Editor’s note: This is a contributed post by Issa Mirandilla, who writes about freelancing, writing, marketing, careers, personal finance and other business-related topics. Give her a nudge on Twitter or visit her website here.
Have you ever pitched a guest post idea to a blog, only to get a polite rejection in return – or worse, no reply at all? It hurts, doesn’t it? Rejection can either embitter you ("But this is an awesome idea! How could those blog owners think otherwise?"), or fill you with self-doubt ("Well, I guess this was a stupid idea after all.").
These initial reactions are understandable; after all, rejection can beat anyone’s ego to a bloody pulp. Regardless, when it comes to your rejected pitch, you might want to simmer down and clear your head first.
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Once you’re in a better mood, you can take a second look at your pitch and:
The thing about rejections is this: they are not meant to be taken personally. Remember that a rejection of your idea is not necessarily a rejection of you, and it can happen for a number of reasons, such as:
- The site’s guest post guidelines weren’t followed to a T.
- The topic has already been covered on the site.
- The topic is too common in the industry.
- The topic isn’t in line with the site’s niche.
- The pitch has too many typos and other critical errors.
- The pitch doesn’t demonstrate why you’re the most qualified person to write the article.
- The pitch feels more like marketing material for you than a potentially valuable resource for the site’s readers.
- Your writing style/voice doesn’t mesh with the site’s.
If any of the above seems true in your case, go over your pitch again, reflect on how it can be improved, and edit. You might want to ask for help on the editing part, lest you overlook any errors in spelling, grammar, structure, flow, facts and figures, etc.
When you’re done, send your revised pitch to your target site again. If you have second thoughts about doing this because you don’t want to appear pushy or desperate, you can…
Pitch another Website
As shown in some of the reasons above, the rejection of your pitch may have zero connection to whether it’s a "good" idea. For example, your idea on "How to Write a Blog Post" may be helpful for beginners, but if you’re pitching that to a site that has already written dozens of articles on advanced topics like "How to Combine Blogging and E-mail Marketing for Maximum Conversion", your pitch probably won’t fly.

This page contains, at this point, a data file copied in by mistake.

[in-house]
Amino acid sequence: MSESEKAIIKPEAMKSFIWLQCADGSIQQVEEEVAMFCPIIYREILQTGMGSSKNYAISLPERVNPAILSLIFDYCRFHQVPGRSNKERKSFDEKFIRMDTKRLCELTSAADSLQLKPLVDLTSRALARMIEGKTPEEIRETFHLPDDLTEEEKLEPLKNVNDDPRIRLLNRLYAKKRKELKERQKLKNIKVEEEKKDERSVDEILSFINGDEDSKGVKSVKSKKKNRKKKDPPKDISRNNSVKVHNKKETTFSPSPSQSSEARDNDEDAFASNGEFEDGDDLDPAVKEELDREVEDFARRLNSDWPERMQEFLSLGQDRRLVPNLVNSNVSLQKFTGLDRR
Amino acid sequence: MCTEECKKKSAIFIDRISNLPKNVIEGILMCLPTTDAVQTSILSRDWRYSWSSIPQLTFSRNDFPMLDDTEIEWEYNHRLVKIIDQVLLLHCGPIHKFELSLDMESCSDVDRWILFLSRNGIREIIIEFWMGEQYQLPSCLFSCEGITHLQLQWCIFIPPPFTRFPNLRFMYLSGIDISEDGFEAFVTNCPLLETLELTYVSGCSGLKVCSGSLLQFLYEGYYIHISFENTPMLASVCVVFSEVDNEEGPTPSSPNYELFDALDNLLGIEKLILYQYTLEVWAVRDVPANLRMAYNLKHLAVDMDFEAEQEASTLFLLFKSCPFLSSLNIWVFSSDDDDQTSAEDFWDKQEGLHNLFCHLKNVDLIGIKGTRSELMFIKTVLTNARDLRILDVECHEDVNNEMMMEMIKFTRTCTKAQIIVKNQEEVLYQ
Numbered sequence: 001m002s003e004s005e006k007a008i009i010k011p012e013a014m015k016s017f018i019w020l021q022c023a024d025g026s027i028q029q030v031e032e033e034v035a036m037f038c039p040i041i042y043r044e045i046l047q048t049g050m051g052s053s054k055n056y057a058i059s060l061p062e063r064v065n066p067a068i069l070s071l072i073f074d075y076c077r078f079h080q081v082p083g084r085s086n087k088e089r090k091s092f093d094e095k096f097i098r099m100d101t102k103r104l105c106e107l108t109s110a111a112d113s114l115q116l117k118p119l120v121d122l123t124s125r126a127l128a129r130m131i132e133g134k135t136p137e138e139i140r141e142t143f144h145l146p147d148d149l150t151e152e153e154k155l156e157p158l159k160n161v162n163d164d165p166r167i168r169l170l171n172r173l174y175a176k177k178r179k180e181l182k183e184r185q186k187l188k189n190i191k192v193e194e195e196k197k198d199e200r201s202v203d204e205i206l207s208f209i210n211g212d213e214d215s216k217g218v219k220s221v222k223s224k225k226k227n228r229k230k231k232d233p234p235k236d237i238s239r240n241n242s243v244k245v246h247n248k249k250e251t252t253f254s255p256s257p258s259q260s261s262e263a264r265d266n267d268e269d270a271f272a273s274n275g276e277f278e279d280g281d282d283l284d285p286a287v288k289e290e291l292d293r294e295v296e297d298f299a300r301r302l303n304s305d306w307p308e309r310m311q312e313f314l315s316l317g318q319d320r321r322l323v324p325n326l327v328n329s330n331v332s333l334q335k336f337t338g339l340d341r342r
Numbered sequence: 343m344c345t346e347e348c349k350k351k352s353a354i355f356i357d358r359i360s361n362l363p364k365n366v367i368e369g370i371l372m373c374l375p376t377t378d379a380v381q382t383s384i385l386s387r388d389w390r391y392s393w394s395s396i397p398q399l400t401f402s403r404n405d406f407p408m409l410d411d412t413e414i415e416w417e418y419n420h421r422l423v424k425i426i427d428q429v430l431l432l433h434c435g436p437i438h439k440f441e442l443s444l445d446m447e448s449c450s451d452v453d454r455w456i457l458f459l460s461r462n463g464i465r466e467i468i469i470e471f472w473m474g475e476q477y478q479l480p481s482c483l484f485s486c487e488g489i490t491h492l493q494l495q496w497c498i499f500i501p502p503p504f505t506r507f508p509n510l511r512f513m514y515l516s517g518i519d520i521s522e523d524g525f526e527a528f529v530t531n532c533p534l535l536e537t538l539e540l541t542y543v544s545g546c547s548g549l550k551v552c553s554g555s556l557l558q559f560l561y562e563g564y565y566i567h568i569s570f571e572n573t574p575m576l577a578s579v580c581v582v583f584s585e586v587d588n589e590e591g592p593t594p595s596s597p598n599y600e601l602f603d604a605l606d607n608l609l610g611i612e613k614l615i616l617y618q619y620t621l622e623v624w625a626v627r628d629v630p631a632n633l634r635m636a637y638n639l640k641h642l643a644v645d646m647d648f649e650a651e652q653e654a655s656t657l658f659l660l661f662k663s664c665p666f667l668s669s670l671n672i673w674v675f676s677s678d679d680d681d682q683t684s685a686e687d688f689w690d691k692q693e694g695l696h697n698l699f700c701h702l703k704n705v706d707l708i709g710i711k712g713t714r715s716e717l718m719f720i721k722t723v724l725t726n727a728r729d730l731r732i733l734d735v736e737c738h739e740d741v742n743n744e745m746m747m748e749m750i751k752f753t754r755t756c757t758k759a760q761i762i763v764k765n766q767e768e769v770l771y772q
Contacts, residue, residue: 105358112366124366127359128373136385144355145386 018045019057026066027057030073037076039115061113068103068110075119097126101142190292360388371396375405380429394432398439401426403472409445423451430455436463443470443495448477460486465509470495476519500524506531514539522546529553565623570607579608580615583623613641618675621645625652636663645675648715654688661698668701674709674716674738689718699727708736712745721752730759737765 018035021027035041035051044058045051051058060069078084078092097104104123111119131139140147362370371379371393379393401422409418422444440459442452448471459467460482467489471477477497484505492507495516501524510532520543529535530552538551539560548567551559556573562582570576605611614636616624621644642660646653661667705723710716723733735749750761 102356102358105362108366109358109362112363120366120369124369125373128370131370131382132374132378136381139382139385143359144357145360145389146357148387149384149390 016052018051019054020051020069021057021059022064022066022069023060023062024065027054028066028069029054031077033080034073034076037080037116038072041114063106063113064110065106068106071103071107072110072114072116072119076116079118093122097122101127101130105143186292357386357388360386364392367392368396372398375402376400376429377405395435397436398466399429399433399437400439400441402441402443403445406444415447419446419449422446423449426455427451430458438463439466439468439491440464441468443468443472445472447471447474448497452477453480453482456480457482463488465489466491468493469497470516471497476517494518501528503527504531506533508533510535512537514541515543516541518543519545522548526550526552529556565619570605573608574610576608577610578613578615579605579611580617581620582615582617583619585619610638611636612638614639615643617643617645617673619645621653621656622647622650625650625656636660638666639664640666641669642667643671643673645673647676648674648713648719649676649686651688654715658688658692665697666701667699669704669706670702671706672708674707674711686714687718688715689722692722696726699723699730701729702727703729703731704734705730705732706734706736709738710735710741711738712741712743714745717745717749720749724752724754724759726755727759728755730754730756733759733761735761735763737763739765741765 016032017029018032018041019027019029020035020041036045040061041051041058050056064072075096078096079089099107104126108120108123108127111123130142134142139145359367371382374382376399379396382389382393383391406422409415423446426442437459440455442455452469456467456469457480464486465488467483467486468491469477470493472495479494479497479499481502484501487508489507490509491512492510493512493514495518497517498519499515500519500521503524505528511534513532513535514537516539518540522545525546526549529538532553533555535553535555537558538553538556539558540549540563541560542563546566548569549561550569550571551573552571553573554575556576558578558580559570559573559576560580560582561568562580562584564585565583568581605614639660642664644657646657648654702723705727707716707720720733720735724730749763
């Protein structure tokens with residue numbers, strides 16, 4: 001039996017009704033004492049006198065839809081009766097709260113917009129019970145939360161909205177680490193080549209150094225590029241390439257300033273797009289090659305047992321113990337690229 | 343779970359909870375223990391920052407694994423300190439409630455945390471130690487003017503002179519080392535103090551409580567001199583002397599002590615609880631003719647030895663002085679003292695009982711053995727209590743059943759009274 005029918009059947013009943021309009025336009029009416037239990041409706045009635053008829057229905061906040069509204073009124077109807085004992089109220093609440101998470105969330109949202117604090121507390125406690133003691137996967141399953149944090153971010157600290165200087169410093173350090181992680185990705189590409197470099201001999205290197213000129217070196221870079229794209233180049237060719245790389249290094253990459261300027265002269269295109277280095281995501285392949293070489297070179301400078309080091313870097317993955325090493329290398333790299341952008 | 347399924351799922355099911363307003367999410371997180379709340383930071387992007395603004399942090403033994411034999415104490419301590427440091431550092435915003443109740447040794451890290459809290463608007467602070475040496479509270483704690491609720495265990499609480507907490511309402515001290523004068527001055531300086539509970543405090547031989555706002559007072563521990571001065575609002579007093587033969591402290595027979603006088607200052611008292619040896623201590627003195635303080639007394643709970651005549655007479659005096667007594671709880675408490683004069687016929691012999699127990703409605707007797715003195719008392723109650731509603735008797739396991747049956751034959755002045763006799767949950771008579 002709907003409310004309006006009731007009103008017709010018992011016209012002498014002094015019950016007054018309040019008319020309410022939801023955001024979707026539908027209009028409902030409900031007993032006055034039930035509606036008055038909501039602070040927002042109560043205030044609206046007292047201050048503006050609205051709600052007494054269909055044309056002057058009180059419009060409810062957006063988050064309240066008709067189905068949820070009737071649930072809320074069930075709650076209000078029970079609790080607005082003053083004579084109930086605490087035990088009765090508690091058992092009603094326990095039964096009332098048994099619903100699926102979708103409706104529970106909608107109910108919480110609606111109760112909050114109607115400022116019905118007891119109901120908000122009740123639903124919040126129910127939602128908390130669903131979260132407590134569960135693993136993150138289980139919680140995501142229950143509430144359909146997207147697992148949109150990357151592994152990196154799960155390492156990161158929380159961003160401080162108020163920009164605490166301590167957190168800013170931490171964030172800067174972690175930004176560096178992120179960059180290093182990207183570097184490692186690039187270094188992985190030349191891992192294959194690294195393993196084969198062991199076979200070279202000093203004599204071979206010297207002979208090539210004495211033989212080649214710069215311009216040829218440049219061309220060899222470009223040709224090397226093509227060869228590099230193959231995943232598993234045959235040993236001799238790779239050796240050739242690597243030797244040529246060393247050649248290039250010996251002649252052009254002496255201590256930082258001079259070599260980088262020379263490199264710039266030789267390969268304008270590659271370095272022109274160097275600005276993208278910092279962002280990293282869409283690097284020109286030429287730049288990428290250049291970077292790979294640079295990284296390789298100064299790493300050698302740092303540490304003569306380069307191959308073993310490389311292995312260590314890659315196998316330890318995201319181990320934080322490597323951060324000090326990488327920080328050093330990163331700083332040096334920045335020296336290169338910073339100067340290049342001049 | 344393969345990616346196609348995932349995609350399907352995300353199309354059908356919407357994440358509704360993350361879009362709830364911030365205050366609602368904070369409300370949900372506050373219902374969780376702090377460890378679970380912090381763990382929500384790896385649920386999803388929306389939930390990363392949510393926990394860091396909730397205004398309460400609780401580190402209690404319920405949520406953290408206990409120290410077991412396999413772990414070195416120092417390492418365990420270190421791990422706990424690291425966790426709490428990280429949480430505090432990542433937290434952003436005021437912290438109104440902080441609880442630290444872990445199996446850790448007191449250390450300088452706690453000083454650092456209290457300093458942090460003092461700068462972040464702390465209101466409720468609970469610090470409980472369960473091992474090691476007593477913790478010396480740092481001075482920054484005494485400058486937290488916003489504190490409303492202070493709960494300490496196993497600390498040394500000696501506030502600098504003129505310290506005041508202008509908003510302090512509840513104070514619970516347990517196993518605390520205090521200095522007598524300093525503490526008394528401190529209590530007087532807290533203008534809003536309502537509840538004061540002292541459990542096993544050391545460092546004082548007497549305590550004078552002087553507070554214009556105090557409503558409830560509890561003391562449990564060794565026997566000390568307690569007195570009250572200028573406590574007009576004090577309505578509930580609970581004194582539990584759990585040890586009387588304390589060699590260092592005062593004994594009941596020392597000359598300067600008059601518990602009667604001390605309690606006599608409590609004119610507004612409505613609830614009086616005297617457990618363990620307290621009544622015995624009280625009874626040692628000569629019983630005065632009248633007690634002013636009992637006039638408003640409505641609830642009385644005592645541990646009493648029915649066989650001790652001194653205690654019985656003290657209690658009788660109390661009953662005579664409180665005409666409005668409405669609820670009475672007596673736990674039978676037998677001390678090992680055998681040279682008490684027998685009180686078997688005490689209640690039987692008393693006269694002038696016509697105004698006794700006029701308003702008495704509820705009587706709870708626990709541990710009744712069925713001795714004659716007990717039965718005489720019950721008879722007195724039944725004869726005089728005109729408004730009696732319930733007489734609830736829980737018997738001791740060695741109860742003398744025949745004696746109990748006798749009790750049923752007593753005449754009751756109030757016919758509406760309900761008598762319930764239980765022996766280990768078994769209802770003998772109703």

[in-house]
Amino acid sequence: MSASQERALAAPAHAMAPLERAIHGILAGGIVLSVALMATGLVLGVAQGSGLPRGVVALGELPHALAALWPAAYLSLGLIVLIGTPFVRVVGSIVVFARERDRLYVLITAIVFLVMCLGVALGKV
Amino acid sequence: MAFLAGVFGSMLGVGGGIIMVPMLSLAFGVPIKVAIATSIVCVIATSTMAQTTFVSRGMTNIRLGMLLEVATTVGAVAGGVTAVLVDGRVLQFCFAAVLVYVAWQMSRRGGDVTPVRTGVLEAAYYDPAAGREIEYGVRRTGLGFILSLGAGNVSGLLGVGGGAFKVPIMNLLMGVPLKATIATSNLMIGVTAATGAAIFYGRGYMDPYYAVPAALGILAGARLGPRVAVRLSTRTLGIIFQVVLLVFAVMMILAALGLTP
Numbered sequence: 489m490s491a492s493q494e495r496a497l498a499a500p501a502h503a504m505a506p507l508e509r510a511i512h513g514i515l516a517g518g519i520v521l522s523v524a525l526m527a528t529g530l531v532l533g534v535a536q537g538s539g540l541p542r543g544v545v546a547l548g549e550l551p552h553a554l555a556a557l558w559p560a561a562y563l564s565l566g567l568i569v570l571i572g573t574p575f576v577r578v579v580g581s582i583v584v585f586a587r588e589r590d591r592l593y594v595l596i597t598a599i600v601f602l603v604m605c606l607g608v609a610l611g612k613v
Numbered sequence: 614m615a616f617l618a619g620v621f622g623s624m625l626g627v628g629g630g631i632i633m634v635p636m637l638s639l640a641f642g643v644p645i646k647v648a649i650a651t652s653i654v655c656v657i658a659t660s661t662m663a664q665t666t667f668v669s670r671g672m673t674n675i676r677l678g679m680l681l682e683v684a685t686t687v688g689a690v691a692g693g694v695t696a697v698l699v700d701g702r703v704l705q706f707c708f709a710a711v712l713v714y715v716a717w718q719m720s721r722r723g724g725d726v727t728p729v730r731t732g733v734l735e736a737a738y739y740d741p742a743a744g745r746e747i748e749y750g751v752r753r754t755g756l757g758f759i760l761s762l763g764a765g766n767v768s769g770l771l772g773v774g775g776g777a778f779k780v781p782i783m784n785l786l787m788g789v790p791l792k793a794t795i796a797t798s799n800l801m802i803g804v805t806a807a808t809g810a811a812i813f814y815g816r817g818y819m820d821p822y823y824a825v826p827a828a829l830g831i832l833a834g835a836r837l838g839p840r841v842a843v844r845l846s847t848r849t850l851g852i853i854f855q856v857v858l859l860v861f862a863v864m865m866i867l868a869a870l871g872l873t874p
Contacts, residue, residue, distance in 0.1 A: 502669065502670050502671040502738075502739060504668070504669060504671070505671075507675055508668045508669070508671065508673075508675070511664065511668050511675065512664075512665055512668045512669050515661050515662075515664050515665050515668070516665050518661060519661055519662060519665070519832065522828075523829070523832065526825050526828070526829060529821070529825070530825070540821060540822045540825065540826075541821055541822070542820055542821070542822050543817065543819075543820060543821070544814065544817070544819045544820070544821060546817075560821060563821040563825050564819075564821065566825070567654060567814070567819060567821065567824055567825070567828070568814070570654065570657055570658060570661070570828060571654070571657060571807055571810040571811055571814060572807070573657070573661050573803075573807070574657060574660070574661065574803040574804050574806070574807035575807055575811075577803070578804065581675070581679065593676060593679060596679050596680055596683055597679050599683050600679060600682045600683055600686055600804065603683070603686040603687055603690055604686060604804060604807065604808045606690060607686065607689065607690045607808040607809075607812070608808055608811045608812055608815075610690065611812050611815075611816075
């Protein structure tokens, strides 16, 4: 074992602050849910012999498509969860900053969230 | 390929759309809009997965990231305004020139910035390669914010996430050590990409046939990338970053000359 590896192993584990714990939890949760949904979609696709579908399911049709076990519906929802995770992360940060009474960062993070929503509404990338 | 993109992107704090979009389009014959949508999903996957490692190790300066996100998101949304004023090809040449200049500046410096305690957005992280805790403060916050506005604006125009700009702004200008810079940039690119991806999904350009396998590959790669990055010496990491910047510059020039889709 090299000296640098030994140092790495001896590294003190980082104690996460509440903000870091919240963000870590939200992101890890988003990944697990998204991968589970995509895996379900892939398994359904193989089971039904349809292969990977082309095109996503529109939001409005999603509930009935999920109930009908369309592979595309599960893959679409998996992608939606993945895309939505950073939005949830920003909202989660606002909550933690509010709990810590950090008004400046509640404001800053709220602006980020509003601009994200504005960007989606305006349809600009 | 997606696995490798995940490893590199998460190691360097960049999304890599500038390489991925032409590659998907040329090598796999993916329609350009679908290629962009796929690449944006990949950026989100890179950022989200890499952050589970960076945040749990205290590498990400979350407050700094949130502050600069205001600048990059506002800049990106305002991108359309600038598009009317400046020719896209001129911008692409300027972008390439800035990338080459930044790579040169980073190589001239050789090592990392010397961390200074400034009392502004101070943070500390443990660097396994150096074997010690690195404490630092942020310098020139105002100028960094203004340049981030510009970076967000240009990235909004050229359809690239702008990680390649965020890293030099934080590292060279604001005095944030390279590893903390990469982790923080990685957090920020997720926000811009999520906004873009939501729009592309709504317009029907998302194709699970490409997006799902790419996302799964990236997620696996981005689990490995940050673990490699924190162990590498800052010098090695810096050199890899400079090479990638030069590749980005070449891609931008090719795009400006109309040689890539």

Before you pitch any site, ask yourself: "Is this a good fit for the site?" If it’s a "Yes", send in your idea and do your best to convince the site’s owners that you’re capable of crafting a unique, creative and/or useful article out of that idea. Otherwise…
Publish It in Your Online Portfolio
What if you can’t find any site willing to accept your pitch, but you still want to turn your idea into a full-blown article? In that case, consider adding the article to your online portfolio. The great thing about doing this is that you own all rights to the piece, since you’re the one who wrote and published it on your own site.
Of course, just because you have free rein over your self-published article doesn’t give you the excuse to churn out half-baked work. Since the article is part of your professional portfolio, you still want it to show off the best of your abilities to prospective clients.
Throw It Away
Sometimes, you just have to accept that your pitch is "bad" – plain and simple. "Bad" can mean a lot of things. It could be that your idea has already been done to death, so even if you publish the finished piece on your own website, you’ll only end up with a redundant article or, worse, search engine fodder.
It’s also possible that your idea is good, but you don’t really have the expertise or writing chops to expound on it for your intended readers. When you have a "bad" pitch on your hands, it’s probably best to leave it and move on. You don’t want to stay with an idea that will give you heartaches because you can’t write or publish it, do you?
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On the flip side, letting go of your "bad" idea may turn out to be easier said than done. You feel like a mother who abandoned her baby on the doorsteps of an orphanage, even though she could’ve taken good care of her child otherwise.
Maybe you’re just not ready to construct an article out of your idea yet. Maybe you need to file it away for now, so you can come back to it later when you run out of pitches in the future. It’s always a good habit to avoid waste – especially when your "trash" today can be someone else’s "gold" tomorrow.
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A healthy dose of resilience, optimism and persistence can go a long way not just in your guest posting and writing skills, but also your freelancing career as a whole.
Don’t throw away your guest post pitch immediately after it’s rejected. Instead, try to figure out how else you can profit from it first, before you give it a one-way trip to the nether world of Ideas Best Left Forgotten.